And if, as some claim today, newly saved couples are fearful and unnecessarily inhibited by a “dirty” past (I counsel many who respond this way to their old life), the answer is not to recklessly declare them “free in Christ” and endanger their immature conscience with an explicit guide to “sanctifying every sex act they’ve ever experienced.” Love never imperils weak and feeble consciences in the name of liberation (Rom 14:14-15:2)! A faithful counselor carefully brings that person’s unbiblical thinking under the power and authority of God’s word, patiently allowing the Holy Spirit to mature their conscience by replacing old fears and remnant perversions with a renewed thought-life and godly affections. God renews our minds and hearts at His ever-flawless pace. The old life—with its bad memories, misinformation, and self-oriented sexual ethics—will continue to lose its grip, giving way to a mature sexual perspective built on self-sacrifice for the pleasure of one’s spouse.
I can’t help but look with suspicion at any counseling approach that hastily risks a weaker brother’s conscience by strongly encouraging him to push beyond his present moral sensibilities under a banner of Christian freedom. Is this truly motivated by a sincere desire to help others jettison cultural baggage and enter the fullness of God’s design for sex in marriage, or could this be just another subtle way of removing boundaries between couples—of engaging in verbal pornography while calling it “ministry?” Whatever the real motives behind this dangerous trend, it does not deserve the swift momentum it seems to be gaining.
Some have defended the new tactic reasoning that a counselor’s answers must be as graphic as today’s prevailing questions. Young couples, they claim, want to know what particular sexual acts, learned in the secular culture, are permissible for Christians. A few biblical presuppositions will help anchor our answers to God’s design for sexual love in marriage:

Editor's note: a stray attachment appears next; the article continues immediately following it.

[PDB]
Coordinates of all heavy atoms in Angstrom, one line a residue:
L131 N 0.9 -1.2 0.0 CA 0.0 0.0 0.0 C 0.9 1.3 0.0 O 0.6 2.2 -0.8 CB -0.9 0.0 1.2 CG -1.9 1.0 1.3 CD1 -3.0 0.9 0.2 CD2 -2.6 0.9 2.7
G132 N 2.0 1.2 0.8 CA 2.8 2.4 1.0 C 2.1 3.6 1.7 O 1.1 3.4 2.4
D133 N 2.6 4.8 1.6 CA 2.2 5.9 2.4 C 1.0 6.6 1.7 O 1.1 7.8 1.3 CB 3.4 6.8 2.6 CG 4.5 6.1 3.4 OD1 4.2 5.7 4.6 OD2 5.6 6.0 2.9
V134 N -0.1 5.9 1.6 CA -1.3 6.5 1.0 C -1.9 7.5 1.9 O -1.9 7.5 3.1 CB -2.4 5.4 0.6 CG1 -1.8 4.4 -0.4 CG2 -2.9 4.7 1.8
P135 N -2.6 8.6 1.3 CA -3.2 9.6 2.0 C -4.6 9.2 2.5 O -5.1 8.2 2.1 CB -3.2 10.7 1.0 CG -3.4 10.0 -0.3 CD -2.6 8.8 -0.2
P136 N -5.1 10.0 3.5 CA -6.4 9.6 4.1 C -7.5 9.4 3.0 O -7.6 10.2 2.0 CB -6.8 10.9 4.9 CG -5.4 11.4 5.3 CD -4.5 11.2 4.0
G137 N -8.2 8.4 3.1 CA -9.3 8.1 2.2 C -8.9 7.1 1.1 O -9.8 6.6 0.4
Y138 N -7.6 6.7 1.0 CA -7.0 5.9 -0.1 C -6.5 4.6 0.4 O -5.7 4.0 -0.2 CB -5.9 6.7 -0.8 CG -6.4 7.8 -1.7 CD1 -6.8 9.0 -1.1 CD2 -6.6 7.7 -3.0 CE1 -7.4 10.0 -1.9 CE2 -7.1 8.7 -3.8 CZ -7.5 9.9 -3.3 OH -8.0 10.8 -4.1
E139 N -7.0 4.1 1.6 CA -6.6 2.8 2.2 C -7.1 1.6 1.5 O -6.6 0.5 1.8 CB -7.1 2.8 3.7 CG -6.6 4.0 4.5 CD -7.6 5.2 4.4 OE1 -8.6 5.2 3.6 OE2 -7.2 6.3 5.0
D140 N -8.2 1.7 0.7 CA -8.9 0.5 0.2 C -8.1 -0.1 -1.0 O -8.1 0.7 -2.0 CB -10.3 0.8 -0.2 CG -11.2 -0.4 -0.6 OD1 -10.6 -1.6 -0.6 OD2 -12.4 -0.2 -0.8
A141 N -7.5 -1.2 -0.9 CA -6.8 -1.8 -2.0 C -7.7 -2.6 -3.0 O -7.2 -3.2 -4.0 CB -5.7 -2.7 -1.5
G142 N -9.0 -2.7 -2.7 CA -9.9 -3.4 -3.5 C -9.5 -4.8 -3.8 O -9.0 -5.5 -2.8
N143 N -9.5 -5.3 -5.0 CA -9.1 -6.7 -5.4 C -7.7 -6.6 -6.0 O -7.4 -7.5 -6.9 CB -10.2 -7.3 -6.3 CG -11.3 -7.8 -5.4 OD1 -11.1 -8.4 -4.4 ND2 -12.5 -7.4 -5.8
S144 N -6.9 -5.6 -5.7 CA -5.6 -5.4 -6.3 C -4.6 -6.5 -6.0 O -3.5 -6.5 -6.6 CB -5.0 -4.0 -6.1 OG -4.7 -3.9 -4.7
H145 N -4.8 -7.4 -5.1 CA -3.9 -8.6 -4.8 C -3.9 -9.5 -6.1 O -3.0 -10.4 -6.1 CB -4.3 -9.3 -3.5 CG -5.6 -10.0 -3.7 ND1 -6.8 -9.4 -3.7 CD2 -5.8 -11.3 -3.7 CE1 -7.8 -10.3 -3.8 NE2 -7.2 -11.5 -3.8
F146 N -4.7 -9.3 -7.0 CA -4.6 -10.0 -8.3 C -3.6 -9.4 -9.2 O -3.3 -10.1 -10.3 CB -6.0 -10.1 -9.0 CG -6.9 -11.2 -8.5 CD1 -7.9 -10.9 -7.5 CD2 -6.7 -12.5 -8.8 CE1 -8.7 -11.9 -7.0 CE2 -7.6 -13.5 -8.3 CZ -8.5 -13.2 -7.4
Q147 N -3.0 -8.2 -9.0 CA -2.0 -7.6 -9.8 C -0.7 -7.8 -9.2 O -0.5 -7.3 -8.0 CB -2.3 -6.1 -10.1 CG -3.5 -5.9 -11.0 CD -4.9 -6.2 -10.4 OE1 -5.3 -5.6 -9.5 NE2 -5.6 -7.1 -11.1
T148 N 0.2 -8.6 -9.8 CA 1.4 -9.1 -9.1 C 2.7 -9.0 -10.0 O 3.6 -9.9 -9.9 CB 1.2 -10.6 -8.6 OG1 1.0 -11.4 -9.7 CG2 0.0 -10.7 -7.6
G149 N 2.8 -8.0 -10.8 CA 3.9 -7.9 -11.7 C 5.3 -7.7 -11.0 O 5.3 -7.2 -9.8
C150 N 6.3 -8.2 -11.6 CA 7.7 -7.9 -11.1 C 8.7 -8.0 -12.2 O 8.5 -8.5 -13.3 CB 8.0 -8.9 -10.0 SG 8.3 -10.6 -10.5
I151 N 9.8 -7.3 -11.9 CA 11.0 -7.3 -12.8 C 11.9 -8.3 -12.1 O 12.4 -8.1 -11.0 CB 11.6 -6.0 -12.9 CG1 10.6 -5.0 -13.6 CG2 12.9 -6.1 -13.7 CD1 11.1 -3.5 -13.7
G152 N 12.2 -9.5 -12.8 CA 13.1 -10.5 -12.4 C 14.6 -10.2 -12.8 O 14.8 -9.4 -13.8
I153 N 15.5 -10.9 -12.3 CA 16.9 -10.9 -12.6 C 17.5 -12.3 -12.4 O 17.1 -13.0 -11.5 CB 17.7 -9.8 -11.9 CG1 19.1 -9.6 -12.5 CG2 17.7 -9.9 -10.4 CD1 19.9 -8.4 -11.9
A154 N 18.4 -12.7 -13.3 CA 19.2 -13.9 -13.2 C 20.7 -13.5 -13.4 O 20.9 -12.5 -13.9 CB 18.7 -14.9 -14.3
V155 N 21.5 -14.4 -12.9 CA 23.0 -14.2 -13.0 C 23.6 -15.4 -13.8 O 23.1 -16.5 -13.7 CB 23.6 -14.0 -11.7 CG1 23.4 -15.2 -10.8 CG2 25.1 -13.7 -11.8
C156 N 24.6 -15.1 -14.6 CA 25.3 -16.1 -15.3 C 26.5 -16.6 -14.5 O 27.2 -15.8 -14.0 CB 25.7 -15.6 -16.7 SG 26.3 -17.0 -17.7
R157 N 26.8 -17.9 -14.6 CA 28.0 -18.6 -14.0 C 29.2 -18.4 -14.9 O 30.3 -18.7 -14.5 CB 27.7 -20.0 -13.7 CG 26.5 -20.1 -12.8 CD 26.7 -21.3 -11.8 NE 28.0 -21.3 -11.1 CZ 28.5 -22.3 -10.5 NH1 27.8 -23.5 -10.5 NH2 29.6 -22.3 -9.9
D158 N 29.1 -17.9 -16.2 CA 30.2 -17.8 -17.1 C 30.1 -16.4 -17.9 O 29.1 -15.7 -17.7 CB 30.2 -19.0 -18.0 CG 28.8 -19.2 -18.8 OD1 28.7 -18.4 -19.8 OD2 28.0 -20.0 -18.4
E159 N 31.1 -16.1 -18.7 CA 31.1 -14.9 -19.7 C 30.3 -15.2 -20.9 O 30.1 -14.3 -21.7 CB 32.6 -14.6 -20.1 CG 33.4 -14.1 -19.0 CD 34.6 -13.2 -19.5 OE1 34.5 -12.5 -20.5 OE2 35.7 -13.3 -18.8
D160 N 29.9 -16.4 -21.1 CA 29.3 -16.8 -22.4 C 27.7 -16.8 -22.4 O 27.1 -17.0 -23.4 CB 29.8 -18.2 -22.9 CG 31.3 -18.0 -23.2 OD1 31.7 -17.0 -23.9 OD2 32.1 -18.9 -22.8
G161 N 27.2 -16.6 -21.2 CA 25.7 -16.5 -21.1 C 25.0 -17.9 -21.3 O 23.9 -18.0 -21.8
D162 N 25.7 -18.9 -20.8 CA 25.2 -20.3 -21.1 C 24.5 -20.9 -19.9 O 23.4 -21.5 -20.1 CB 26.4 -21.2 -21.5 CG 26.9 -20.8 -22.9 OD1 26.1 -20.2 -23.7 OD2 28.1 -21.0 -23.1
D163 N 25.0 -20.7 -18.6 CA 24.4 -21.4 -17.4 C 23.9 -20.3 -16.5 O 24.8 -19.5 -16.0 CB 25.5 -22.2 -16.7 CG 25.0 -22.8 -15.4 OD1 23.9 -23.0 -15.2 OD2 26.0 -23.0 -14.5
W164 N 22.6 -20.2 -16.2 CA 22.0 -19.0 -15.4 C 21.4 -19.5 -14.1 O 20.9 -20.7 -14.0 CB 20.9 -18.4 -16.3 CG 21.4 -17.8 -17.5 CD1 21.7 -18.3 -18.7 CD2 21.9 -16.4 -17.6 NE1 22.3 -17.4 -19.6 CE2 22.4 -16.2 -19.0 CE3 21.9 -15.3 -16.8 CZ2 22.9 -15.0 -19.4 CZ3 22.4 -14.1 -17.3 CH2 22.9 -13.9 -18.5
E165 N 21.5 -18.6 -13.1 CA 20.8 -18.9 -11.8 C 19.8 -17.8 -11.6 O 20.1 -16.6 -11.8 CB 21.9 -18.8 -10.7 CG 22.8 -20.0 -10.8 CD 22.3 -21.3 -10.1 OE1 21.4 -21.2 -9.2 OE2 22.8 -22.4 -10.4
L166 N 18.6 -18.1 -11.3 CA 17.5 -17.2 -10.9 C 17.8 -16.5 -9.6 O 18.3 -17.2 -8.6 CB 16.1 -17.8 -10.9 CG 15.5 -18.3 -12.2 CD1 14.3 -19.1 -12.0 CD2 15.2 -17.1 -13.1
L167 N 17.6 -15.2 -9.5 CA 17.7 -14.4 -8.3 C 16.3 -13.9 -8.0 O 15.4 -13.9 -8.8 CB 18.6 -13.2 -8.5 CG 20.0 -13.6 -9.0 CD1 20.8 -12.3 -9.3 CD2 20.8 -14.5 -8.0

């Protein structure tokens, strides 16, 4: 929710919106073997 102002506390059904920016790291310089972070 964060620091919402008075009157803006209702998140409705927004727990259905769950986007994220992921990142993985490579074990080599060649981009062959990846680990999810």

- Sex in marriage is pure and holy (Gen 1:31).
- Sex in marriage, even after the fall, is pure and holy (Heb 13:4).
- The primary goal of sexual love in marriage is to provide sexual satisfaction to your spouse (1 Cor 7:3), and is, therefore, the highest pleasure.
- God Created both partners with the equal capacity, under normal health conditions, to satisfy one another.
- Pleasure in sexual union is not sinful or forbidden, but assured and encouraged.
- If giving sexual satisfaction to one’s partner is the ultimate goal, and if both are to mutually learn how to bring such satisfaction to the other (1 Cor 7:3-5), then the issue of “how” will always be governed by a desire for mutual satisfaction rather than self-fulfillment.
Since God created our bodies for the pleasure of one another, two people are free in marriage to explore what is mutually satisfying and thoroughly agreeable. However, where normal human anatomy and healthy bodily function would be threatened or endangered by an attempt at deriving sexual pleasure, true biblical love would never risk it. If a person has been taught—by experience or the selfish, undignified practices of culture—that the highest pleasures are found in testing the boundaries of health or personal tastes, they should refrain from experimenting and be content to build a new life of spiritual intimacy and selfless abandonment to the pleasure of the other! They should trust God that during seasons of more conservative pleasure-seeking He is strengthening them in the selfless pursuit of Christ-likeness. He will rebuild the best possible intimate life as they mature in their self-sacrifice for one another. The bottom line: when in doubt, ask God for wisdom, ask your spouse about their tastes, ask your doctor regarding health risks, and seek the mutual pleasure of each other according to God’s complimentary design for your bodies.